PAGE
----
One important challenge in post–cardiac arrest invasive strategy remains the appropriate selection of candidates. To decrease the risk of inappropriate invasive procedures, an ideal strategy should restrict early CAG to OHCA patients with the highest probability of recent coronary occlusion requiring PCI (i.e., those with a definite ACS). Unfortunately eliminating the diagnosis of ACS after OHCA is difficult. In contrast to the usual presentation of ACS in non–cardiac arrest patients, both clinical symptoms (e.g., chest pain or dyspnea) and ECG findings suggesting myocardial ischemia are difficult to assess and lack sensitivity to rule out an acute coronary artery occlusion as the cause of OHCA. Several studies suggested that the incidence of acute coronary occlusion is high even when STE is not present on the post resuscitation ECG. Spaulding et al. (2) reported culprit coronary occlusions in 39% of patients without STE and chest pain. These findings were confirmed in several observational studies, which reported a high prevalence of recent coronary occlusion even in the absence of typical ischemic changes on the post-ROSC ECG, ranging from 25% to 57% (17–19). Our group reported at least 1 significant coronary lesion requiring PCI in 26% of patients without acute ischemic ECG changes (3). In more recent published reports, sensibility and specificity of STE on post-ROSC ECG were 88% and 69% to 84%, respectively (20,21). More recently, Hollenbeck et al. (6) conducted a retrospective observational study of a prospective cohort of 754 consecutive comatose patients following cardiac arrest. A total of 269 (35.7%) patients had cardiac arrest due to a ventricular arrhythmia without STE. Cardiac catheterization was performed in 122 (45.4%) comatose patients (early cardiac catheterization). Acute coronary occlusion was noted in 26.6% of patients treated with early cardiac catheterization compared to 29.3% of patients treated with late cardiac catheterization (p = 0.38). Patients managed with early CAG were more likely to survive to hospital discharge compared to those not treated with cardiac catheterization (65.6% vs. 48.6%; p = 0.02). In a multivariate analysis, early cardiac catheterization was independently associated with a significant reduction in the risk of death (OR: 0.35 [95% CI: 0.18 to 0.70]; p < 0.01). The relatively low number of patients and the selection criteria were important limitations. In our study we demonstrated that an immediate invasive strategy routinely applied in a large cohort is associated with a clinical benefit regarding outcome. This lack of negative predictive value of post resuscitation ECG in the absence of STE could be due in part to the global myocardial ischemia–reperfusion, and also to electrolyte and acid–base abnormalities that are very common in the post-ROSC period. On the whole, the poor predictive value of ECG for acute coronary lesions in resuscitated OHCA patients with a high prevalence of coronary artery disease emphasizes the use of systematic acute CAG as part of a standard post–cardiac arrest protocol.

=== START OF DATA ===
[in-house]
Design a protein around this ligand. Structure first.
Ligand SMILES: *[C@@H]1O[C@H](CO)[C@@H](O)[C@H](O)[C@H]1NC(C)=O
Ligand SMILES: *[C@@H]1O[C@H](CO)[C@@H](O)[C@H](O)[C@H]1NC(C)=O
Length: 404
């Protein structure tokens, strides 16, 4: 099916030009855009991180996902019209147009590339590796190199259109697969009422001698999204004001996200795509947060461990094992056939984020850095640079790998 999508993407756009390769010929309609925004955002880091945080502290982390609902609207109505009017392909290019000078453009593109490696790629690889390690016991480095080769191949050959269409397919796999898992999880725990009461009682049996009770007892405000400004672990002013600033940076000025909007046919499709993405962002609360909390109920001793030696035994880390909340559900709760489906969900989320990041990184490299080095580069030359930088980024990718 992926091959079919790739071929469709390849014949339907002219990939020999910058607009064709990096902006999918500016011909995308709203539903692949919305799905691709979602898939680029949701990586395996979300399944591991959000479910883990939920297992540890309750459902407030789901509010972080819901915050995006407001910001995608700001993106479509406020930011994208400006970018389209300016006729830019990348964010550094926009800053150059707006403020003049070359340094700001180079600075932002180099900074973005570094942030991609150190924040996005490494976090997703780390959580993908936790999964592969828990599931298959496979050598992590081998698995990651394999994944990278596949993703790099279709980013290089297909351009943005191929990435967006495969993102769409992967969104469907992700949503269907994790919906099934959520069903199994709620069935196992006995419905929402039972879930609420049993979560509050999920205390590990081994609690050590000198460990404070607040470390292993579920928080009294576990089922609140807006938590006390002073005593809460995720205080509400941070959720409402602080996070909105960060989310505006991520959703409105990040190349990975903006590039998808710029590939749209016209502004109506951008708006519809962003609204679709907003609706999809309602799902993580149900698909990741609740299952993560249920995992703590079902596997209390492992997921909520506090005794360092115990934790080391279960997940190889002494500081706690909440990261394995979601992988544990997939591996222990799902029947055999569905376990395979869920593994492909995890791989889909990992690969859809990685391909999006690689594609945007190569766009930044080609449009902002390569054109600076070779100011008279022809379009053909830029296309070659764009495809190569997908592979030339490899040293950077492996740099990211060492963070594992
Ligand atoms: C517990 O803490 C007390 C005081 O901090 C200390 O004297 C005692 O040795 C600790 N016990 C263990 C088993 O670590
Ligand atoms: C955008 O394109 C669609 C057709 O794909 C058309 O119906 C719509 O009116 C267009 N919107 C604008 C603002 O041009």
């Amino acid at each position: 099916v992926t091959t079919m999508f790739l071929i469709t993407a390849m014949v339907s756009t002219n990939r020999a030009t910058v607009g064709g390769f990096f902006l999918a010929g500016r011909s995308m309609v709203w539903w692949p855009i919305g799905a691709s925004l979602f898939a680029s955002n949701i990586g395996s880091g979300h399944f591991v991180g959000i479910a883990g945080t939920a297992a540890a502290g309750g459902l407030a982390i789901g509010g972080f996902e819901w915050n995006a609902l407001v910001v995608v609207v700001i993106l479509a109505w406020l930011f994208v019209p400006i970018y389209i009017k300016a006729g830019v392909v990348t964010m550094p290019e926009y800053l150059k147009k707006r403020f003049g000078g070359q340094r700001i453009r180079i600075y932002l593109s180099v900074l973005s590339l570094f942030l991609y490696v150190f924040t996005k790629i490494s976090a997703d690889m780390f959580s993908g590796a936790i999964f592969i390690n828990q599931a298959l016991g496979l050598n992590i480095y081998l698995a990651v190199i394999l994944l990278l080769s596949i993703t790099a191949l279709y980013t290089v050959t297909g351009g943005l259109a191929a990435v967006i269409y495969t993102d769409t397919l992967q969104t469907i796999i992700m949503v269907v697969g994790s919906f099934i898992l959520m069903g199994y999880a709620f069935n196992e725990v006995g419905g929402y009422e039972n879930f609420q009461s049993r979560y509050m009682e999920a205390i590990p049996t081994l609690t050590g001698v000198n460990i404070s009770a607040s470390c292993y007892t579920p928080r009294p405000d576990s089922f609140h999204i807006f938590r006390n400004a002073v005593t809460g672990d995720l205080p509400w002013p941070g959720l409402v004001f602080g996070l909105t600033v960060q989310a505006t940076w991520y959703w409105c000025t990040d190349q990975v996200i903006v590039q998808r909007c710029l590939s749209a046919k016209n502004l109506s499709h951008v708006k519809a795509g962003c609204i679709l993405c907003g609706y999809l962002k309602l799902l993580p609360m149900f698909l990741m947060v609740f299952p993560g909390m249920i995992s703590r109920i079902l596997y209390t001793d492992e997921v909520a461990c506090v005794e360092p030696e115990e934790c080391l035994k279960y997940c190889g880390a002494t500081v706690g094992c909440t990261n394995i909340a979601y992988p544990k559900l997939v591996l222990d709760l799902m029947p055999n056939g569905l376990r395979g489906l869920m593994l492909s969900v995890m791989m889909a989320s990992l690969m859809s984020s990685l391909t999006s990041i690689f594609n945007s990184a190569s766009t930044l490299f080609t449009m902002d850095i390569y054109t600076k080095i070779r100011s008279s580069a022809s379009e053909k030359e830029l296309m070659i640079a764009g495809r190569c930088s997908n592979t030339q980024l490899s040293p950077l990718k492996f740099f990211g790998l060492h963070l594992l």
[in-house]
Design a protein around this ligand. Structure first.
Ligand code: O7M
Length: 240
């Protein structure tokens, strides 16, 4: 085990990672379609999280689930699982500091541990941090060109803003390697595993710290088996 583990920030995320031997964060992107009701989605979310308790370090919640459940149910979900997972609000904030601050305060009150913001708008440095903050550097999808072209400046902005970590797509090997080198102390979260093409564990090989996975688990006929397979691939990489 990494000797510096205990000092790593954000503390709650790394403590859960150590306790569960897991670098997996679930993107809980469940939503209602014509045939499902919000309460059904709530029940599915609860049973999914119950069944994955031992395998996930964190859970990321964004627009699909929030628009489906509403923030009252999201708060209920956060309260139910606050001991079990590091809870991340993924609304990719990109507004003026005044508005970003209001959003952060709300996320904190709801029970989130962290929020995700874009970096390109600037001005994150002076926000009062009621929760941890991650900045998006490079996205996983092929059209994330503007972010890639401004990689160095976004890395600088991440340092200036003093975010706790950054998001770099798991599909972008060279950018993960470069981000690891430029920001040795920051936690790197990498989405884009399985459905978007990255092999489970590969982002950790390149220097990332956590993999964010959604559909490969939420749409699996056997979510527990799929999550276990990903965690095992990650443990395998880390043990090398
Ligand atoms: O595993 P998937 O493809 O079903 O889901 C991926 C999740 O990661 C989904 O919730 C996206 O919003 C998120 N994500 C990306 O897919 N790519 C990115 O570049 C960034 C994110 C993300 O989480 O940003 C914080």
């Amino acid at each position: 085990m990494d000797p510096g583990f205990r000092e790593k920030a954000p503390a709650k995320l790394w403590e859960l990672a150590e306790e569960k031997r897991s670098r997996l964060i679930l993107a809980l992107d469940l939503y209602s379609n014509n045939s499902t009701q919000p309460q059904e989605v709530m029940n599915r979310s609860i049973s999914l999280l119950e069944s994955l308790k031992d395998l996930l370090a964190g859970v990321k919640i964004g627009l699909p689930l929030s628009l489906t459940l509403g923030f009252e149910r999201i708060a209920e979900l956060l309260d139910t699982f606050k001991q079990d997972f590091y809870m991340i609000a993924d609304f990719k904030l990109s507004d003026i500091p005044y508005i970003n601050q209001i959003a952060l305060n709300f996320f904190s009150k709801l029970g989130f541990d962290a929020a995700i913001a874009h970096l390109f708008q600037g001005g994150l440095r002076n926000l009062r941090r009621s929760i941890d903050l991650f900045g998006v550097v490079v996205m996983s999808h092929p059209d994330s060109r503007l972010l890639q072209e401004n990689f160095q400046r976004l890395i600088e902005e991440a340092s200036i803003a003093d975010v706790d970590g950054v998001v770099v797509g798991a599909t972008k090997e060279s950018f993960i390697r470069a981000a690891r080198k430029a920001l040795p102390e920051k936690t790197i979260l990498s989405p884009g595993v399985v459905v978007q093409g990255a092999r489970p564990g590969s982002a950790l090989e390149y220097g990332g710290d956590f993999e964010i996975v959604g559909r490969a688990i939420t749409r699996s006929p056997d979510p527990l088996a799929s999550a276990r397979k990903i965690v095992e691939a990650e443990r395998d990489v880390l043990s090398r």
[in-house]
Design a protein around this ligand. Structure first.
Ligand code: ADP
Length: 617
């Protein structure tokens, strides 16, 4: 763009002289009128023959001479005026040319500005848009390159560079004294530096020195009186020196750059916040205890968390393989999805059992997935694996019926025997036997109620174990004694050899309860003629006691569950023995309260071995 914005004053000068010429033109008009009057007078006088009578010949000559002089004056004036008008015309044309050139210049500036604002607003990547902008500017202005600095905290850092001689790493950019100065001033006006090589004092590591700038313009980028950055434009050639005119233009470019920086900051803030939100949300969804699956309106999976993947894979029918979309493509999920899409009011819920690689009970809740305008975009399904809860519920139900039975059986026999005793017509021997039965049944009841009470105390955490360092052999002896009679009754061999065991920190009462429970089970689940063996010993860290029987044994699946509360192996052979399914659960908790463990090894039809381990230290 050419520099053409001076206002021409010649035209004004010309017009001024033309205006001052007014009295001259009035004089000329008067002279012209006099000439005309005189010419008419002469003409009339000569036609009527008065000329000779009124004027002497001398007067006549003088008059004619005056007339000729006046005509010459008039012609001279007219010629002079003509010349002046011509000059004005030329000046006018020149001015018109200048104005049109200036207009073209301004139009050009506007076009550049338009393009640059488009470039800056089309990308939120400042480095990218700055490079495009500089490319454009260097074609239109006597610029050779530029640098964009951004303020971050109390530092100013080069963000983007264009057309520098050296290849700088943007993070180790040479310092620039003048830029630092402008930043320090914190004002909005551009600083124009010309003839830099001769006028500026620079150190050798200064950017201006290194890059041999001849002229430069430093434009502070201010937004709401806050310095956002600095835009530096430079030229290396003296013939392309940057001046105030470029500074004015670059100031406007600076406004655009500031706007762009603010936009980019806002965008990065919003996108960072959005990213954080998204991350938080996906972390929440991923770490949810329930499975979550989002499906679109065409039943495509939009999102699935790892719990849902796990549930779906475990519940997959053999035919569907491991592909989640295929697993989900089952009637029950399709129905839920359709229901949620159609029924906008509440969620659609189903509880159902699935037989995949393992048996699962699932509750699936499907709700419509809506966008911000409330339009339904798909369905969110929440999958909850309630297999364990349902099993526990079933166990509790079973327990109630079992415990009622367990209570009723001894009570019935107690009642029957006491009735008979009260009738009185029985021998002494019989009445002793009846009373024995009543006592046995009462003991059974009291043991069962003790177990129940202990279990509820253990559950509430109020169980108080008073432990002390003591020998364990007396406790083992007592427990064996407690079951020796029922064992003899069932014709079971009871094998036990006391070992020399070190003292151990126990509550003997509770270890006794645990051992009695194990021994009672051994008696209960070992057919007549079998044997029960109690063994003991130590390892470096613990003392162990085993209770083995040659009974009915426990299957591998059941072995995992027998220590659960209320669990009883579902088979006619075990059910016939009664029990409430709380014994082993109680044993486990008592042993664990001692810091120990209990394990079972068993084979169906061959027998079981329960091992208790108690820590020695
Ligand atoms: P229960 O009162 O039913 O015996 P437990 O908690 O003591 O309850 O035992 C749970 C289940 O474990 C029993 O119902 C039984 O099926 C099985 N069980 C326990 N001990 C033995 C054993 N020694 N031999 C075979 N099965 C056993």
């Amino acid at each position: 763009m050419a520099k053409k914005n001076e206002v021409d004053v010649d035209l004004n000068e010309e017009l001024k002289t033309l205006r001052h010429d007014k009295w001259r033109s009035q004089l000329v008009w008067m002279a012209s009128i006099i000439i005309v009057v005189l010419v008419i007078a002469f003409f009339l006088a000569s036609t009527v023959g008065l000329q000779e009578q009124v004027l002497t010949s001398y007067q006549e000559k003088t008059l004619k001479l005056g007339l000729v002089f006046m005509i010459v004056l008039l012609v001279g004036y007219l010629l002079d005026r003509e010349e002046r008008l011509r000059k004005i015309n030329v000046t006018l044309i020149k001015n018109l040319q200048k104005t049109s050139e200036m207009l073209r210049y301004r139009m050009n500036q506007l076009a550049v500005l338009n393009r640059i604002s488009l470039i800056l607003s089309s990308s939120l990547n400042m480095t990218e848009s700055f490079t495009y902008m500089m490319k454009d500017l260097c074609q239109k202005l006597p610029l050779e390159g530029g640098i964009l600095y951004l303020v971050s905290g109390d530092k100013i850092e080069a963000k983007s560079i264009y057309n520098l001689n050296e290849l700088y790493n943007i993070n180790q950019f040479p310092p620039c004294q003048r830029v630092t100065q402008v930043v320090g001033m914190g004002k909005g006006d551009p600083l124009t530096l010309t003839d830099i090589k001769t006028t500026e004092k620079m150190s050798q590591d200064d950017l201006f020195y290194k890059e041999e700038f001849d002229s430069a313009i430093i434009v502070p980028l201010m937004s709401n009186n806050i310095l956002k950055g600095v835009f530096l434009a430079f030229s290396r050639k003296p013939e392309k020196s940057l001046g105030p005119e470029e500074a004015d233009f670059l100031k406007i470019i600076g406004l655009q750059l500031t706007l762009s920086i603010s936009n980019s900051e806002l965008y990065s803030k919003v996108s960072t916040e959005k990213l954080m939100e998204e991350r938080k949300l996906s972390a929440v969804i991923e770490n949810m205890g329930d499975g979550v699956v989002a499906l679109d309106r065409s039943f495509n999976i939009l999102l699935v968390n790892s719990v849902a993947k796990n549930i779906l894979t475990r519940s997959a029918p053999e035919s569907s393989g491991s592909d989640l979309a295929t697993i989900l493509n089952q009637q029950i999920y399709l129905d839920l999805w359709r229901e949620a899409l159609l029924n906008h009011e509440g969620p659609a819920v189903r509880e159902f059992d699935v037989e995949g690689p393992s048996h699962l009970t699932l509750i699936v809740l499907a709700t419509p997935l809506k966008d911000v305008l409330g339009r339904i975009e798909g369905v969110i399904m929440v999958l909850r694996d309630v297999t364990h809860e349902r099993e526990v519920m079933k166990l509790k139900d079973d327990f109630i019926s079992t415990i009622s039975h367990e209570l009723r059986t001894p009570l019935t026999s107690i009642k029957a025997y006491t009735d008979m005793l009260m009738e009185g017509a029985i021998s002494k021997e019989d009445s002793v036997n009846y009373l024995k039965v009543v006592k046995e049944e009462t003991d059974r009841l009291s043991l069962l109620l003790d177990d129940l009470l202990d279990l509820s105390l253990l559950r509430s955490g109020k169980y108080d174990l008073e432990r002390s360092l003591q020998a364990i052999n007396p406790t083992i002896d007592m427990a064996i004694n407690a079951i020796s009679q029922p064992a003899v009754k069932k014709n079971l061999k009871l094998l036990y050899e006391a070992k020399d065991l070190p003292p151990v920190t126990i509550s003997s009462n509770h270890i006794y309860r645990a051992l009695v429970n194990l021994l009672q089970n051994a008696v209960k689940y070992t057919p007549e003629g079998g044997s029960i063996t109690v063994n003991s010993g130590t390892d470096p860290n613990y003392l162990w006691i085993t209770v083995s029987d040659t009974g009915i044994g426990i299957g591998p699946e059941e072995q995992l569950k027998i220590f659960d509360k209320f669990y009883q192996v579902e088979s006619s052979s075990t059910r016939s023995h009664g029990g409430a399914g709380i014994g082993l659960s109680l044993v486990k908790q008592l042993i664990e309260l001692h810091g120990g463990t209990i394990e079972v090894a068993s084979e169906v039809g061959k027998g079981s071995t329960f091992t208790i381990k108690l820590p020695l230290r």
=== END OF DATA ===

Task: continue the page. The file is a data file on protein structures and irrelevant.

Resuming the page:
Biomarkers of ischemic myocardial injury could be an alternative to discriminate between coronary and noncoronary causes. It has been hypothesized that an early measurement of cardiac enzymes could be an adjunct to pre-established risk factors to detect OHCA patients most susceptible to have a recent coronary occlusion, but this strategy is disappointing. Although Grubb et al. (22) reported good diagnostic values of creatine kinase-myocardial band fraction with very high cutoffs, several subsequent studies have been at variance with this study (23,24). The use of different cutoff values to discriminate groups of patients render comparisons between studies difficult. Recently, the additional value of high sensitivity troponin was evaluated in OHCA patients (24). The predictive values were also disappointing. We do not routinely use cardiac biomarkers to guide our strategy for invasive strategy, which is why we did not include this variable in the present analysis.